National Park Service Launches Redesigned Website

National Park Service Launches Redesigned Website

WASHINGTON – The National Park Service (NPS) has launched a redesigned NPS.gov website. The website has a new look and added features to help visitors find information quickly. “The new design is the result of a multi-year effort to transform NPS.gov into a world-class digital experience and communications tool,” said National Park Service Director Jonathan B. Jarvis. “I think the best part of the redesign is that NPS.gov now works great on mobile devices like tablets and smartphones.”

The new design:

  • Provides a greater set of trip-planning tools and opportunities for NPS.gov visitors
  • Improved content links across NPS.gov
  • Makes use of structured data, essential information about parks and NPS programs (such as contact information, location, and operating hours and seasons) that can be used for internal purposes and will soon be shared with developers of external applications, maps, and websites through an application programming interface (API)
  • Works well on all devices, including phones, tablets, and computers
  • NPS.gov is the primary destination for virtual visitors looking to plan trips to parks or learn more about our nation’s natural and cultural heritage. The website includes more than 100,000 web pages, with more than 1,000 web authors contributing content. In 2015, NPS.gov received 84 million different visitors in 145 million browsing sessions (a group of interactions that occur within a given time frame) and more than a half-billion page views (the total number of pages visited).

    NPS staff analyzed visitation statistics, reviewed customer satisfaction surveys, and worked with a design firm to develop a new look and functionality. A group of digital volunteers tested the new designs to help ensure that the site would be usable and meet the needs of visitors as well as parks and programs.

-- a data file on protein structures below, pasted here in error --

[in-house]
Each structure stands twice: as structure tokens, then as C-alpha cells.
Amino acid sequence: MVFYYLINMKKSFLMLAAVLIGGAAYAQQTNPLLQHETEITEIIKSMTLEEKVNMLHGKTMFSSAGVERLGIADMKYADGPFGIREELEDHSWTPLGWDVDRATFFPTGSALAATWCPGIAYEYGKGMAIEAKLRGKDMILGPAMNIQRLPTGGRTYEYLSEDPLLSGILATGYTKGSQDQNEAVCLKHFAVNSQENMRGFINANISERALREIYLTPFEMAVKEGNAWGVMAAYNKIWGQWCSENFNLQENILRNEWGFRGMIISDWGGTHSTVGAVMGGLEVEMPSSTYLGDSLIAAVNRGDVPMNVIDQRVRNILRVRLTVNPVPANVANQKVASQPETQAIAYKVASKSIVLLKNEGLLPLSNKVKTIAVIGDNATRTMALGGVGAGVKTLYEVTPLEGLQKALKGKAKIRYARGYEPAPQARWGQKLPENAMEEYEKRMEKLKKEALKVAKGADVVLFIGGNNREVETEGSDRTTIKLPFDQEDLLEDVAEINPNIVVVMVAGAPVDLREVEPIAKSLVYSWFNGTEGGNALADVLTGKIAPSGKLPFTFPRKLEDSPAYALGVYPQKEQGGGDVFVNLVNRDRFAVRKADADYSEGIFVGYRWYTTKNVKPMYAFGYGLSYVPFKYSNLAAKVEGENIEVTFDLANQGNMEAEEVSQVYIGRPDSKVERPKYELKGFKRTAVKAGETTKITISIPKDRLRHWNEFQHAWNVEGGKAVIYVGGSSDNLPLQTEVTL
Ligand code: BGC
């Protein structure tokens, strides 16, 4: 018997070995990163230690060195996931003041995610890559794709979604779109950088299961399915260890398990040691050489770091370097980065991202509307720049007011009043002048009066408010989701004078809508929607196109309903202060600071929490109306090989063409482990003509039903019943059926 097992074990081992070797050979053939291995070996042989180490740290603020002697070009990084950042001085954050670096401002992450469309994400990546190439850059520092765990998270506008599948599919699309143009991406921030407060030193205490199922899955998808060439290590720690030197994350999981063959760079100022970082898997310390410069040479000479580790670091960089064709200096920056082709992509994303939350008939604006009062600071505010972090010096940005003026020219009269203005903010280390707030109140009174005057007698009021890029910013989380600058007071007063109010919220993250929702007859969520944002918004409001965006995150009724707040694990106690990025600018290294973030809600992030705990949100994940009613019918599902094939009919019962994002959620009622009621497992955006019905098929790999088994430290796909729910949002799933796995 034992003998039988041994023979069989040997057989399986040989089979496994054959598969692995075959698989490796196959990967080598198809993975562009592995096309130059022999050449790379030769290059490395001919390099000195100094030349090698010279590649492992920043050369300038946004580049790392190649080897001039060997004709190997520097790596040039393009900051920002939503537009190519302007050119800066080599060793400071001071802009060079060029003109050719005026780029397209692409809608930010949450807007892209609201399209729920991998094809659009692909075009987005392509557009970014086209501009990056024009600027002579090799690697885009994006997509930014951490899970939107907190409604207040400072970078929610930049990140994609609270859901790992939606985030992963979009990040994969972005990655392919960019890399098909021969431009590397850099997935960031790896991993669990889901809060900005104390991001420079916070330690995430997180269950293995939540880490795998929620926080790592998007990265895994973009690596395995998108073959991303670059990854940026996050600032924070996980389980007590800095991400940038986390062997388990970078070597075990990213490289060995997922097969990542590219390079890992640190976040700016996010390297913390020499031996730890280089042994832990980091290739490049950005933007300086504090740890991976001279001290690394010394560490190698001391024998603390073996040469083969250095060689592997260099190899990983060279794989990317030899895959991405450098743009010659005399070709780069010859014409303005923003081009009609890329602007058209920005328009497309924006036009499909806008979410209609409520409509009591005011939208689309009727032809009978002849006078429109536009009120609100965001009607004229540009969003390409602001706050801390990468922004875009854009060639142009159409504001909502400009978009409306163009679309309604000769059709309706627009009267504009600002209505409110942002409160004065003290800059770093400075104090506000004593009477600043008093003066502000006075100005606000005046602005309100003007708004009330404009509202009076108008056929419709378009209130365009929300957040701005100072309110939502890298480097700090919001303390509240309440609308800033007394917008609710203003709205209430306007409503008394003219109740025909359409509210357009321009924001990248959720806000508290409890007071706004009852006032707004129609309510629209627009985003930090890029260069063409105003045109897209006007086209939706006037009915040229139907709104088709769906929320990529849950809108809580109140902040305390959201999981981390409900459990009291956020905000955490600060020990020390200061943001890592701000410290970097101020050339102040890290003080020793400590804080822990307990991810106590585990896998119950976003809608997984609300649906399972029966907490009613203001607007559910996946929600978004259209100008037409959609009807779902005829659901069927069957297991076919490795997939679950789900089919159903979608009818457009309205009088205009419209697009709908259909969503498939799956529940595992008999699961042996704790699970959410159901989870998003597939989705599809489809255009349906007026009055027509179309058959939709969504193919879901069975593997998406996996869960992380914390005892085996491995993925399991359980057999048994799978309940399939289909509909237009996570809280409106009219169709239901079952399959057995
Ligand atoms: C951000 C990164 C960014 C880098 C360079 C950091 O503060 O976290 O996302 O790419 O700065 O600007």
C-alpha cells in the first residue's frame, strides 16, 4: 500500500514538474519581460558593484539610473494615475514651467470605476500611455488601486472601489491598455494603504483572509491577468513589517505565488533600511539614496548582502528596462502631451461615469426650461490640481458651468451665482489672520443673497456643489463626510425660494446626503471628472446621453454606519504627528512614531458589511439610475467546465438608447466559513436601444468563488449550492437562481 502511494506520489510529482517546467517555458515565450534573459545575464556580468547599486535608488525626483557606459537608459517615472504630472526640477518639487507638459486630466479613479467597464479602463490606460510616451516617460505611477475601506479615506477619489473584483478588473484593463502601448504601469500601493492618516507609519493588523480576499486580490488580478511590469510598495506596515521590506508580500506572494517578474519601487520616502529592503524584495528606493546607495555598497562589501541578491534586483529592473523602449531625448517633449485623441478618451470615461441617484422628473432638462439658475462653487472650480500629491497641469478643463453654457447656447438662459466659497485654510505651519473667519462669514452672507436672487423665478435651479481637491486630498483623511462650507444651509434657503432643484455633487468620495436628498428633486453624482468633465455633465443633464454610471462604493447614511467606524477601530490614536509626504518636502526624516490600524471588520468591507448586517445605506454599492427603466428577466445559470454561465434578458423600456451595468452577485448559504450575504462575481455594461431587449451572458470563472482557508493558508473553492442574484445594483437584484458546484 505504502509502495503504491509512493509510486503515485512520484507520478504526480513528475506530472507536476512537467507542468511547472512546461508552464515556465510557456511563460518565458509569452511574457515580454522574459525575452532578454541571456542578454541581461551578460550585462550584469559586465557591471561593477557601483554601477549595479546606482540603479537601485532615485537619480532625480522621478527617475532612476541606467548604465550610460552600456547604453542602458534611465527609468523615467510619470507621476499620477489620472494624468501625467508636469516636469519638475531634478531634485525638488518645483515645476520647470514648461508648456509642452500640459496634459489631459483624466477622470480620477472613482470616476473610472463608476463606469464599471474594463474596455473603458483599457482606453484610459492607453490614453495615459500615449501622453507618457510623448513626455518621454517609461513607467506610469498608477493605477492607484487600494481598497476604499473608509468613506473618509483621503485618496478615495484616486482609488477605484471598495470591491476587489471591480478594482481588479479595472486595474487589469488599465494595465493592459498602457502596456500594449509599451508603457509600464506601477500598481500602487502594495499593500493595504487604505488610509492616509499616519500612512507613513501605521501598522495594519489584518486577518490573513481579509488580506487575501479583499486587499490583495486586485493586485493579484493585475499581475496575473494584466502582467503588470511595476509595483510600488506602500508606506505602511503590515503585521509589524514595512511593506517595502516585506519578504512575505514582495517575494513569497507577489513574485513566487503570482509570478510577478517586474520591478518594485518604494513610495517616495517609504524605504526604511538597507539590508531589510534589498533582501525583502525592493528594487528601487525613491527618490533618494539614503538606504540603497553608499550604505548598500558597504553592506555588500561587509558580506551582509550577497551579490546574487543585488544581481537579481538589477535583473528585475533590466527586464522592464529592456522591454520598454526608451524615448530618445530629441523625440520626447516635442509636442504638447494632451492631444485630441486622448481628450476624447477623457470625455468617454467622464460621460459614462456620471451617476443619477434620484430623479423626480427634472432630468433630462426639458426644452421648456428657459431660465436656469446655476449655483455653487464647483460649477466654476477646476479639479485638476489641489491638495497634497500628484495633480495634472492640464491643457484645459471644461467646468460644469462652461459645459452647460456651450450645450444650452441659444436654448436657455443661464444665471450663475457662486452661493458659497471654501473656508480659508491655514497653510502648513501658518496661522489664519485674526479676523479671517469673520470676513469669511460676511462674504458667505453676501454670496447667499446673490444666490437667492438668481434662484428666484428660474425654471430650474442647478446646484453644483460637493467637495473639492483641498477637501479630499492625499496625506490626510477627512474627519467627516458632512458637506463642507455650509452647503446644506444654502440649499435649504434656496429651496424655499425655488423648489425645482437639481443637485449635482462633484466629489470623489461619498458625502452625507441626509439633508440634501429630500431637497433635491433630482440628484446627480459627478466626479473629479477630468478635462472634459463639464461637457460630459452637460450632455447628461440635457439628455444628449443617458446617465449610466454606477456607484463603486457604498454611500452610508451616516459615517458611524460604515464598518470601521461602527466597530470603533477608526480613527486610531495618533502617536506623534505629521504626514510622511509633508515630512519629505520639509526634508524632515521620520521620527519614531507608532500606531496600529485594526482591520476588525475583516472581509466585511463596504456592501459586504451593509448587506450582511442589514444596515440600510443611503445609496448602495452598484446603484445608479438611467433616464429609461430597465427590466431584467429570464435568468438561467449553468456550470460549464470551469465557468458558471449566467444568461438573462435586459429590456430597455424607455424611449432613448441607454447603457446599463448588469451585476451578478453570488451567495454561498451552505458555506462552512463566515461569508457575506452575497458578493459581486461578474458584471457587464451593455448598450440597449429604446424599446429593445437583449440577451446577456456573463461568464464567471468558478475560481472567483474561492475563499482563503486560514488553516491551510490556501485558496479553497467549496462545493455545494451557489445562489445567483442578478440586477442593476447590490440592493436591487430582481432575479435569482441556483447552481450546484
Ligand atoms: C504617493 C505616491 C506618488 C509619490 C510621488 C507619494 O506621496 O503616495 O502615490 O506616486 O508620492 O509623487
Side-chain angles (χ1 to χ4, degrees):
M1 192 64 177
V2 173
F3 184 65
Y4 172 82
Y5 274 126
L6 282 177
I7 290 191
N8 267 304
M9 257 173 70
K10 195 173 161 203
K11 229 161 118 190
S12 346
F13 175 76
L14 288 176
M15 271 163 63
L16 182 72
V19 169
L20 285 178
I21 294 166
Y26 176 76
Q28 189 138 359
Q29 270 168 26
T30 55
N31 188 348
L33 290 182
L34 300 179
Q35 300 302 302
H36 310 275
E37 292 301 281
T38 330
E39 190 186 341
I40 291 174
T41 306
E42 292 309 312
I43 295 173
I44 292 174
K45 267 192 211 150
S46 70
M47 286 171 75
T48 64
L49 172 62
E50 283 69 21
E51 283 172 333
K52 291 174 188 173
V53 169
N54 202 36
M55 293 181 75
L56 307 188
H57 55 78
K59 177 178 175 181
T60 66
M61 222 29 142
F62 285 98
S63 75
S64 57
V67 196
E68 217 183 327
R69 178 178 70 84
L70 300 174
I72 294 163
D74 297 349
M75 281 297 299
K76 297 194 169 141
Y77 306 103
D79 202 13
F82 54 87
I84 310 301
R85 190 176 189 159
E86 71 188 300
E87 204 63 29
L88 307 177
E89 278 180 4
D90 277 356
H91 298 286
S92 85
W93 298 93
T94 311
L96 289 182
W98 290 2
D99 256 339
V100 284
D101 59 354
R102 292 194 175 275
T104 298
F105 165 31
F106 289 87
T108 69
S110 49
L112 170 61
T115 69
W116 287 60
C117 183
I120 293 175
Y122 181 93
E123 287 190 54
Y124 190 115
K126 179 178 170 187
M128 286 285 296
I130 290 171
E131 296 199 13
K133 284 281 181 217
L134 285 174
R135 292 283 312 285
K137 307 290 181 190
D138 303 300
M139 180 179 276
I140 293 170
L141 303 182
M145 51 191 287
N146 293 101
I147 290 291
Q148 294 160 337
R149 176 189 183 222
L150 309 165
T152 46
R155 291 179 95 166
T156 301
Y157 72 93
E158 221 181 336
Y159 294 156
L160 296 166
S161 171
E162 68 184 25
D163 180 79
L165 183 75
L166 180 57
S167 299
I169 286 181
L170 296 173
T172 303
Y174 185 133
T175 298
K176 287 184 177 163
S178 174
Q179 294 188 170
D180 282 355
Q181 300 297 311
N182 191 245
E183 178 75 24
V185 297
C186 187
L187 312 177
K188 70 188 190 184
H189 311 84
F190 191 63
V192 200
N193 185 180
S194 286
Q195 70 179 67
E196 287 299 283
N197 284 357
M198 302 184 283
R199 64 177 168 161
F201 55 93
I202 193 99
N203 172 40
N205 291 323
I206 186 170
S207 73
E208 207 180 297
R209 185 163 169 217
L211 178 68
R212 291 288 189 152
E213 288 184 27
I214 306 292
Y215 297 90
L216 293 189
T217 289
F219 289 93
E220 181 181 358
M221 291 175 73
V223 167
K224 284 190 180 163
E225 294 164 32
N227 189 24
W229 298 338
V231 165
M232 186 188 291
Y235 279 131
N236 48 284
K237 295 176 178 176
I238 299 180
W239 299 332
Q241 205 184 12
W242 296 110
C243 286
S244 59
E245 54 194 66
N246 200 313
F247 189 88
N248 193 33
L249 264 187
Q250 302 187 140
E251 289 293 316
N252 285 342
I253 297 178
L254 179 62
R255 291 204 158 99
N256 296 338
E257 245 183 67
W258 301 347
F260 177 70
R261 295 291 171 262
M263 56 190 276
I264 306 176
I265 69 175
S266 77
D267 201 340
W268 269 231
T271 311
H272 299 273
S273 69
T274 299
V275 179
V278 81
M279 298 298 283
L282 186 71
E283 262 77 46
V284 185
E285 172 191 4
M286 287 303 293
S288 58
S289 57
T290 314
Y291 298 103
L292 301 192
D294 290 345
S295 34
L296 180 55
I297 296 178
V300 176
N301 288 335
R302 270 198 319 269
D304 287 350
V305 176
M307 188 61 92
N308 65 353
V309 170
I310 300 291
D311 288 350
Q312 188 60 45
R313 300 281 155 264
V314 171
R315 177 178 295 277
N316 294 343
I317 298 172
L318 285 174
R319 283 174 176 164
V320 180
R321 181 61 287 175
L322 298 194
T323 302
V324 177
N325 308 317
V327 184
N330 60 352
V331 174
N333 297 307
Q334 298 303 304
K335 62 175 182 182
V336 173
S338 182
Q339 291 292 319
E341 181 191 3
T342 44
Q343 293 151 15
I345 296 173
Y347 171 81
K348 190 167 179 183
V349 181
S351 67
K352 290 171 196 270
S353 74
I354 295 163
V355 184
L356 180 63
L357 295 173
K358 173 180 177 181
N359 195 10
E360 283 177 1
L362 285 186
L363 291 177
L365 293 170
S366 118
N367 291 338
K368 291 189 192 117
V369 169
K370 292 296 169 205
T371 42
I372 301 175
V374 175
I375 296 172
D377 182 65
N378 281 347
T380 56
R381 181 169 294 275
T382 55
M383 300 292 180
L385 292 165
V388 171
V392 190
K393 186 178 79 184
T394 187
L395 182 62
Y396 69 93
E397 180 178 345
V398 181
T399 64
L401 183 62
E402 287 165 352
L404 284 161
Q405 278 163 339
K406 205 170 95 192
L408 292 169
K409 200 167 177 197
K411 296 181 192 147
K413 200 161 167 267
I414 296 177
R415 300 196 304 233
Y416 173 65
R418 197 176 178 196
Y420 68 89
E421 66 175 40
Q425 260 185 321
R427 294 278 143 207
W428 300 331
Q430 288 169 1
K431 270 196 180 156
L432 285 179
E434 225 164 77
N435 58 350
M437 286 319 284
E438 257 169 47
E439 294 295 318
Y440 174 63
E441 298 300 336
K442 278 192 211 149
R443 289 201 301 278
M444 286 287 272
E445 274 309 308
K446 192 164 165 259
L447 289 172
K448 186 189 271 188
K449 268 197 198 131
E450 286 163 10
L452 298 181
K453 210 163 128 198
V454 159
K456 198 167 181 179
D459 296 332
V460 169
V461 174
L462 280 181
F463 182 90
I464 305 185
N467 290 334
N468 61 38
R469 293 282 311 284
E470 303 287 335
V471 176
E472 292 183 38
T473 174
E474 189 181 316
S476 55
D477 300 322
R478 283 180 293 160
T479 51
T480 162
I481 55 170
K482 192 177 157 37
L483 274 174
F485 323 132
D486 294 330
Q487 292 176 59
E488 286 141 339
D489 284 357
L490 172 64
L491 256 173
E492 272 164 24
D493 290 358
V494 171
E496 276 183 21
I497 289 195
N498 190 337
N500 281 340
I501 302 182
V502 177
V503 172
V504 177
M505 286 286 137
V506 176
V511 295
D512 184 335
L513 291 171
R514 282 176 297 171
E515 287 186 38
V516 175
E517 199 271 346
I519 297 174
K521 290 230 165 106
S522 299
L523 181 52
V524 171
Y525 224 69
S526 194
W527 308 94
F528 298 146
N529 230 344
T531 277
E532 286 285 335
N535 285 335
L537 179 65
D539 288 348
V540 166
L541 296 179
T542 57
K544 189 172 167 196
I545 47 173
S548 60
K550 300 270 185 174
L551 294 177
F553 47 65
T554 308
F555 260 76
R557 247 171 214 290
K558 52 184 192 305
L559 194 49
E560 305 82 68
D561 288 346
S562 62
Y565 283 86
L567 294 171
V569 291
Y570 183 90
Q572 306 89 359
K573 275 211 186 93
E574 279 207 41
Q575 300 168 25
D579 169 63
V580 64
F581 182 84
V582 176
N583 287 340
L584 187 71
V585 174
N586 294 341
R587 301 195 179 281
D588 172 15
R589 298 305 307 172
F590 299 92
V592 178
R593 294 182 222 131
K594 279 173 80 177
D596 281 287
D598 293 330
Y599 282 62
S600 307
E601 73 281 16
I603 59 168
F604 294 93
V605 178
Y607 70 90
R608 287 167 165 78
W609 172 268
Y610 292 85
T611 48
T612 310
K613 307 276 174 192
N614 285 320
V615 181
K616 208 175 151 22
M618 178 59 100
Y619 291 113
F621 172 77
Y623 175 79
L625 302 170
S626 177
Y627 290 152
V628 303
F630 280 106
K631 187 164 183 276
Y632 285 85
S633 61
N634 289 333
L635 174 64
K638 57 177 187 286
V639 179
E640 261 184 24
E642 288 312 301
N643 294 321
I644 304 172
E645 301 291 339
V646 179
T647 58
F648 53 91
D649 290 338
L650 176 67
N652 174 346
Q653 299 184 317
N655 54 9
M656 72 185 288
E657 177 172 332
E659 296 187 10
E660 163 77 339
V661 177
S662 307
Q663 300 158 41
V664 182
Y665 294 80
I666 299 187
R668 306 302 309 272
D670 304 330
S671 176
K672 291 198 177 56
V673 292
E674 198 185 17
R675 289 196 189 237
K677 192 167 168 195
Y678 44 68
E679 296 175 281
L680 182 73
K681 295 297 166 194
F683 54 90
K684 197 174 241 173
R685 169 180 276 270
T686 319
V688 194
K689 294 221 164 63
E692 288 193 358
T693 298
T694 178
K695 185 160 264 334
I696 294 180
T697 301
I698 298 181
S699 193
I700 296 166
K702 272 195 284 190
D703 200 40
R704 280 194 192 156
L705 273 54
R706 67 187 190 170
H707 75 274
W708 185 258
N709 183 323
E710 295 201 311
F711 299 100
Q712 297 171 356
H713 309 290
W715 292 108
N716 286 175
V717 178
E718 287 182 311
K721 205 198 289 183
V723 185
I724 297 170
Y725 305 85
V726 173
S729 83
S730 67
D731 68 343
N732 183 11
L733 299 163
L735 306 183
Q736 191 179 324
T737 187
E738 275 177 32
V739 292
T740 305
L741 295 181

Additional functionality, such as new activity and itinerary listings and an improved park search, will be introduced in the coming months. Learn more about how the NPS is transforming the NPS digital experience: https://www.nps.gov/digital.

    NPS.gov also features a collection of popular lesson plans at Teaching with Historic Places. The award-winning lesson plan series features sites listed on the National Register of Historic Places. The lesson plans can be used to teach history, social studies, geography, STEM subjects, and more.

    Also in the digital realm, the NPS and Geocaching HQ today launched the “Find Your Park GeoTour”. Geocaching, or “ParkCaching,” is an outdoor game using GPS-enabled devices. More than 800,000 people in the United States participate in geocaching with their friends and families, and over 2.5 million geocaches have been placed worldwide.

    Twenty-eight parks have registered 62 traditional geocaches and EarthCaches to the Find Your Park GeoTour. This list will grow throughout 2016 as additional parks are developing ParkCaching programs. Participants navigate to a specific set of GPS coordinates and then attempt to find a geocache container hidden at that location or a geologic feature to document with a photograph. The National Park Service permits geocaching when the activity is directed by park management and has an educational component. ParkCaching provides several opportunities to show off particular features of a park and to share nuggets of information with geocaching participants.

    About the National Park Service. More than 20,000 National Park Service employees care for America's 411 national parks and work with communities across the nation to help preserve local history and create close-to-home recreational opportunities. Visit us at NPS.gov, on Facebook, Twitter, and YouTube.